An unfortunate high school student, Ayasaki Hayate spends his days working at part-time jobs to support his extravagant parents. After incurring a debt of 150 million yen, they disappear, and Hayate was left holding the bag. Whilst running away from the debt collectors, he tries to kidnap a girl for ransom (however, the girl misunderstands his intentions and thinks he is confessing his love to her). Almost immediately, he botches the kidnap attempt but then manages to save her from other kidnappers, causing her to fall in love with him. The girl, Sanzenin Nagi, is actually the daughter of a millionaire family. In recognition of his services, she hires Hayate as a resident butler and even pays off the debt collectors.
This is how Hayate becomes a combat butler. In order to serve and protect his mistress, Hayate's life-or-death butler life begins.
In a timeless romance one of the most somber things you’ll realize is that one of you will live to see the death of the other. I was 16 years old when I picked up Hayate and realized, hey, this character is the same age as me. As I grew older I came to my own realization that Hayate will continue to be 16 forever. I will be going through life while Hayate, poor Hayate, will still be attempting to pay off his debt and power through the silliest adventures you can think of. In a world where the parody genre is dominated by Gintama,
Hayate keeps breathing through the will of its ever aging fanbase.
Unlike recent titles, this manga does not change to bring more fans. It does not take a stab into the food of conformism but ignores and stays pure to its fanbase. Every arc will be a rush of euphoria as you start remembering how you spend your childhood. Maybe you spent your childhood playing B-Daman or watching Pokemon. Hayate reminds you of those precious moments with its own brand of slapstick comedy.
If you want a comedy which has quick paced plot progression this is not for you. This piece is not for those who want to look at something nice, this is for those who want to remember. With constant reminders and fourth-wall busting you’ll find something you can relate to.
Lets start off with the main protagonist: Hayate. Hayate is a happy go-lucky kid who fell in some bad times. This does not deter our protagonist. He will do anything, and I mean anything, to pay off his debt and finally live a normal teenage life. He is not spiteful of the people who have brought him into these bad times either. “Good things come to people who work hard” someone told him.
Nagi is our second main protagonist: a tsundere (yes a tsundere) girl who is the sole heiress to a massive fortune. Hayate recognized her immediately as “having money.” It would be a mistake to say that she's not the median that keeps the waving plot going. After falling in love with a Hayate in his attempt to trick her, he then signs on as her butler.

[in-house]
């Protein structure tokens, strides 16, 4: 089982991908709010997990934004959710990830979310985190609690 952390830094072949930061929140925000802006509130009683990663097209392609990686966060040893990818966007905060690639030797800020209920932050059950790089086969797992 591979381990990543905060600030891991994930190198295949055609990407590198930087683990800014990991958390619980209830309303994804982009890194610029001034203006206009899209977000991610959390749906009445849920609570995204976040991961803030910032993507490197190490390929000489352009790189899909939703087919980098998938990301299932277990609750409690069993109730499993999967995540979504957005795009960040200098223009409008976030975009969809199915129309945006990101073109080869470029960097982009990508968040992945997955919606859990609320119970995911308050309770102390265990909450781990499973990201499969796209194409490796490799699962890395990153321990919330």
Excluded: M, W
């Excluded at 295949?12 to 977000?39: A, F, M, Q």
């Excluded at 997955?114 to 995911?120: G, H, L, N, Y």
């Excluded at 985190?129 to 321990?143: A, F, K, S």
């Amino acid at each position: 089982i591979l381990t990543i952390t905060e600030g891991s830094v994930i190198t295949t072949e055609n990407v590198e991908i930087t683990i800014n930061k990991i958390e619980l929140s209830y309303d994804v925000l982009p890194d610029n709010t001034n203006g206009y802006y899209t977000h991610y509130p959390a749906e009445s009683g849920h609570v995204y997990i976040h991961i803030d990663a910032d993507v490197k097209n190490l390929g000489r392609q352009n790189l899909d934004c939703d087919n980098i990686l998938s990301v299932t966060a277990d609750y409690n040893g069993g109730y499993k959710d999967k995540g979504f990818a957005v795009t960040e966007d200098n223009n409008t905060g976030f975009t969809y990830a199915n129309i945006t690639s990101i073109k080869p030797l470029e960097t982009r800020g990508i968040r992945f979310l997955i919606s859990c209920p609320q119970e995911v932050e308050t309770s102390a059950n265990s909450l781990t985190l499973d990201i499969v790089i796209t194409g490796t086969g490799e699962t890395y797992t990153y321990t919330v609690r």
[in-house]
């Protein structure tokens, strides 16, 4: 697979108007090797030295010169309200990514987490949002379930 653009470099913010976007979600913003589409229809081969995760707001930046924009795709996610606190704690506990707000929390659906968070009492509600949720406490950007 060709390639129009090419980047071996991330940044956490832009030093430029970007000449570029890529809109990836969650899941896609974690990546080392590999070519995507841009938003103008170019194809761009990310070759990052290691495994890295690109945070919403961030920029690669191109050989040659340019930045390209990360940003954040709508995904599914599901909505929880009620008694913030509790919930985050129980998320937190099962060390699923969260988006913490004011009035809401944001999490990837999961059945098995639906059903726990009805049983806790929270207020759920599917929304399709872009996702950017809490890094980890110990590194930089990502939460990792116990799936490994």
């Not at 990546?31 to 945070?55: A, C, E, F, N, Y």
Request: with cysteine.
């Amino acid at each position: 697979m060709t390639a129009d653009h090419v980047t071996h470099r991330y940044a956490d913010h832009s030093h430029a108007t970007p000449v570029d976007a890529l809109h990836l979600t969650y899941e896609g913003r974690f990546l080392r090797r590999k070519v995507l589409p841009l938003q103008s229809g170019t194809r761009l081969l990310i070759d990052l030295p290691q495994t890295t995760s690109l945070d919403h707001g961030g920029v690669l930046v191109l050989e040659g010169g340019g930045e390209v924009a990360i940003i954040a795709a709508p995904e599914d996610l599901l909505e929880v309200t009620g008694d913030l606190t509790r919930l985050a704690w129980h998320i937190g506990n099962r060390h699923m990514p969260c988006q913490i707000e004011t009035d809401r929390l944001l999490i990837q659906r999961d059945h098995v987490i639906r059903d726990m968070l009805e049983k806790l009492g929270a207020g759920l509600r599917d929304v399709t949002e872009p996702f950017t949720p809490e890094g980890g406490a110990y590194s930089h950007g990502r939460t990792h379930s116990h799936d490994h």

Can I describe the other characters? Probably not. Not without any bias. Everyone has their own taste in the characters but I found the characters to be the best part of the entire series. You will learn to love, hate, and admire characters as you dive in and become consumed by them. You wish you could meet them in real life and maybe you even go as far as imagining them as your friend. This comes as no surprise as I often wished that I could share a beer Hayate. This does not mean I don't want to strangle him and to knock him out. Those condescending feelings are thoughts you get after experiencing someone for years.
Most people struggle to relate to most shounen characters. The amount of plot armor and asspulls found in shounens are some of its flaws found in the genre. Yes, this is a problem of this manga too as it grows apparent that the author needs popular character relevant. Out of all the crazy and maniacal things that happen, your forehead will scrunch as you realize "Hmm. This isn't right." The manga holds for dear life as you hope that a chapter has relevant plot material.
It becomes increasingly relevant halfway through the manga that the story's worst enemy is not one of the crazy antagonists but the author himself. Every attempt to bring suspense into the story comes to a screeching halt as the suspense is overwritten and the last arc was completely irrelevant to the story itself. You'll also find that the author will begin to force things down your throat and tell you "You better like it. I just cooked it up." The author forcing things became very apparent as Hayate started become aware of the romantic feelings around you. This often happens with the harem genre as the fanbase conducts waifu wars.
As I held for dear life every week I often wondered if this manga will ever end.
Now that I'm here at the end I can't find the courage to close my laptop and say goodbye.